Vietnamese authorities vowed Monday to punish anyone concealing sickness after 13 people caught the deadly new coronavirus on a flight to Hanoi, sparking lockdowns and panic-buying in the capital.
The Southeast Asian country had previously reported only 16 cases of the virus despite bordering China -- the epicentre of the global outbreak -- but a cluster of infections was discovered at the weekend among 201 passengers on a Vietnam Airlines flight from Britain.
The group were in quarantine Monday and recovering, Vietnam's health ministry said, with the hospital they were held in placed on lockdown along with several houses and hotels in Hanoi where they had stayed.
Vietnam Prime Minister Nguyen Xuan Phuc vowed Monday to "duly punish" those who fail to disclose a coronavirus diagnosis, according to state media.
He told a meeting of officials in Hanoi that "we need strong, adequate and immediate measures to effectively stop the source of infection".
Authorities have launched an online tool asking all citizens to declare their health status.
"Declaring false information... may be subject to criminal handling," stated an official notice.
A 29-year-old woman on the flight from London was found to be suffering from the disease after returning to Hanoi from a tour of France, Italy and Britain.
She is believed to have infected her aunt and driver, forcing authorities to isolate several houses near her home and a private hospital where she first sought treatment.
The other patients included Vietnamese, British, Irish and Mexican nationals.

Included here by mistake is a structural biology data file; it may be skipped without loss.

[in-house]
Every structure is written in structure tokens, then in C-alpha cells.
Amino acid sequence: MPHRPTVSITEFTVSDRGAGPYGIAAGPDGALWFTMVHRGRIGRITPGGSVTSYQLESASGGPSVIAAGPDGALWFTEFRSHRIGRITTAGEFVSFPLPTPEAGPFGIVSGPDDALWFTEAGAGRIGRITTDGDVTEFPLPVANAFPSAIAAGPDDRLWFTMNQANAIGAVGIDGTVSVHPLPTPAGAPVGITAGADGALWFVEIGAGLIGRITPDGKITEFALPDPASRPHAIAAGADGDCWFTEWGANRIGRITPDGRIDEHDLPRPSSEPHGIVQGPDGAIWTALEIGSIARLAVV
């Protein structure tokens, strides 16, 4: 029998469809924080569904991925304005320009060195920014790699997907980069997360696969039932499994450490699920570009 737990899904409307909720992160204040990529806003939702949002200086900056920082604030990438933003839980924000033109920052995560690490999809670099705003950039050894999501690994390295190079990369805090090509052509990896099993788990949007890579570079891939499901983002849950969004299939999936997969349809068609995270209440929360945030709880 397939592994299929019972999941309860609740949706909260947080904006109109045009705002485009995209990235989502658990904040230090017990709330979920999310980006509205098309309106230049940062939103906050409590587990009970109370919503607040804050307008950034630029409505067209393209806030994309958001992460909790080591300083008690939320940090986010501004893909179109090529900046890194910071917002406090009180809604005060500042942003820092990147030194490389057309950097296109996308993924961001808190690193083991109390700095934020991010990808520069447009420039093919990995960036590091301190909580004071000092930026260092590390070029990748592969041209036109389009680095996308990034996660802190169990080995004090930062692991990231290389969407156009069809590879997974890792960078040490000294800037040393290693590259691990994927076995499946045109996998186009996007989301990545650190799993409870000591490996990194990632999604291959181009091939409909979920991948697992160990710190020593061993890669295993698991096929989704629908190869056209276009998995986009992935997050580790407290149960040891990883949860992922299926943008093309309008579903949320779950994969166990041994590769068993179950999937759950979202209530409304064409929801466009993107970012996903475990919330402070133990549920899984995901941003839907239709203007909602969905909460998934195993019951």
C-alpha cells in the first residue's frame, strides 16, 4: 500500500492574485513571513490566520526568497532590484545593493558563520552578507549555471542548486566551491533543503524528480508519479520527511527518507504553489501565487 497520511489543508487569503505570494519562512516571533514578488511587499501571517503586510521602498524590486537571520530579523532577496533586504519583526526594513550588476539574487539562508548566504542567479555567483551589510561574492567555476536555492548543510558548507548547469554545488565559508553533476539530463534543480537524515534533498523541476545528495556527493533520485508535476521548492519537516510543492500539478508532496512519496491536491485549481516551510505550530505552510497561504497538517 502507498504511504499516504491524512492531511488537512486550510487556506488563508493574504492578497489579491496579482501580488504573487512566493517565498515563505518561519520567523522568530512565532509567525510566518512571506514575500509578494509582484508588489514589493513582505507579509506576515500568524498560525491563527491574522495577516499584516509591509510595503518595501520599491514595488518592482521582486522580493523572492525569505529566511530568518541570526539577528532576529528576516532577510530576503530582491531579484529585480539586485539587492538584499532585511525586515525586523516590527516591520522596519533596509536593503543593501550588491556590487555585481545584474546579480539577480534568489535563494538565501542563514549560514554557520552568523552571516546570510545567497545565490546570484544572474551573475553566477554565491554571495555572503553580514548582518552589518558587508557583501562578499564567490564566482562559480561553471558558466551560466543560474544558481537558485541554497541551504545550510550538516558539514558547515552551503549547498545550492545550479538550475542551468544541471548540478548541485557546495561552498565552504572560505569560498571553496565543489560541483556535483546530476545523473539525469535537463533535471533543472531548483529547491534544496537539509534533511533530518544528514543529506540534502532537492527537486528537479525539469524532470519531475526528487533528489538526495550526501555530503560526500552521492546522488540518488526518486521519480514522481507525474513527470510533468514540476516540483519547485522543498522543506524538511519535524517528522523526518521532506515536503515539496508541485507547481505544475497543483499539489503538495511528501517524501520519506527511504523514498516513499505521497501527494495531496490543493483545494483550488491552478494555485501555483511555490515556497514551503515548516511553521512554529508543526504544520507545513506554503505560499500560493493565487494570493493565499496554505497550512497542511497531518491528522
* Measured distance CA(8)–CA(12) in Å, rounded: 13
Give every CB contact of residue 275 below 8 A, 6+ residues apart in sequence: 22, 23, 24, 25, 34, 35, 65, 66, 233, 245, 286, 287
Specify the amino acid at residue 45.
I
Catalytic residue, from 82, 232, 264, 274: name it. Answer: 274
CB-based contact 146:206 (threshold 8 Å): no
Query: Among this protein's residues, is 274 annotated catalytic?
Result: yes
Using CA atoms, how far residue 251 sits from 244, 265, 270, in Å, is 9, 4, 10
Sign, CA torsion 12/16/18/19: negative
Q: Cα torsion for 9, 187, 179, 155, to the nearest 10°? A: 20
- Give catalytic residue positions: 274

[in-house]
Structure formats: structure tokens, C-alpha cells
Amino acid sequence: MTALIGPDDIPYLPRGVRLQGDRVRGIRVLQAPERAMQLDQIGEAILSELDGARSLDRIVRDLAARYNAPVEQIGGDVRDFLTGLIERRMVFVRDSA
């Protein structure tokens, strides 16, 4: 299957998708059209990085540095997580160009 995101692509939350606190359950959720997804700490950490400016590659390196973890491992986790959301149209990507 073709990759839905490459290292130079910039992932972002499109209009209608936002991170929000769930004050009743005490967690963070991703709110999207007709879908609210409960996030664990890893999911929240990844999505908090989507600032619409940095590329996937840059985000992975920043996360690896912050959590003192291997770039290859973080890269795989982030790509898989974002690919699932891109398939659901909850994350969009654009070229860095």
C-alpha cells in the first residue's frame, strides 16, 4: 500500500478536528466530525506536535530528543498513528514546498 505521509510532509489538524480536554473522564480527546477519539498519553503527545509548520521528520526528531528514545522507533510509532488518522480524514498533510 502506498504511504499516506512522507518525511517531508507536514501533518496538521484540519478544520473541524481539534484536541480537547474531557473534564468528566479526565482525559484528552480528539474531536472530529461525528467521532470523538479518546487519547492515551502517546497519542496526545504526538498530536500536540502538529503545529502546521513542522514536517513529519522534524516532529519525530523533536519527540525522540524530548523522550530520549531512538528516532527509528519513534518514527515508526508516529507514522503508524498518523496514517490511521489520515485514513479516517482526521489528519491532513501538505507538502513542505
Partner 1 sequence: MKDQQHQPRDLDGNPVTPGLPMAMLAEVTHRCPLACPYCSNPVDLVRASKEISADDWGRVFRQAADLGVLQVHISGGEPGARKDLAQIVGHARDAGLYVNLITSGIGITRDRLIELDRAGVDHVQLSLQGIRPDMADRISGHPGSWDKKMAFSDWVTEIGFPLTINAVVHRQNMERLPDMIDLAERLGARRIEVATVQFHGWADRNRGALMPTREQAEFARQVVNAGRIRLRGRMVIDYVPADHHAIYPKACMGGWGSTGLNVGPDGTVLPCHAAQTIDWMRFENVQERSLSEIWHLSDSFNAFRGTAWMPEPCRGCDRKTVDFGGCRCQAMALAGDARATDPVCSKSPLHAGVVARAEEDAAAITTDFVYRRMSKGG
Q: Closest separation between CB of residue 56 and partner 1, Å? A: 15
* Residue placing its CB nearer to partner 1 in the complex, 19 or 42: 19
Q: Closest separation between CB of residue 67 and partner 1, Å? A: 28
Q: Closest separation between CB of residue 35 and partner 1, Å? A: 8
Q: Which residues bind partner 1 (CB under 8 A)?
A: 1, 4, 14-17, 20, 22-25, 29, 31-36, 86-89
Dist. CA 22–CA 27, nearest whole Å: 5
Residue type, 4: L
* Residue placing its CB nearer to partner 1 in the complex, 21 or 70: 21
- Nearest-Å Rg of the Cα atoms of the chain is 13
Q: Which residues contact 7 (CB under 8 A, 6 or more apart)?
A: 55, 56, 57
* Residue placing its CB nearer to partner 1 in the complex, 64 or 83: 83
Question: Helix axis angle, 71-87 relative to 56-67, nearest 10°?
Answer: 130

A minister on the same flight tested negative for the virus but was also quarantined for 14 days with the group.
The health ministry said there may be "more cases to be discovered as a result of close contact" with the first patient.
People in the capital were seen panic-buying staple items as the lockdown of the hospital began.
The infections bring the country's total to 30, including a man who returned from South Korea, but more than 18,600 people have been monitored for illness or placed in isolation since early February. No-one has died from the virus.
Vietnam has granted limited access to visitors from China and South Korea -- another major coronavirus hotspot -- since the outbreak began at the start of the year, imposing a 14-day quarantine at government-controlled centres.
Several sports and cultural events have been cancelled across the nation, but Vietnam's inaugural Formula One race is still set to go ahead on April 5 in Hanoi.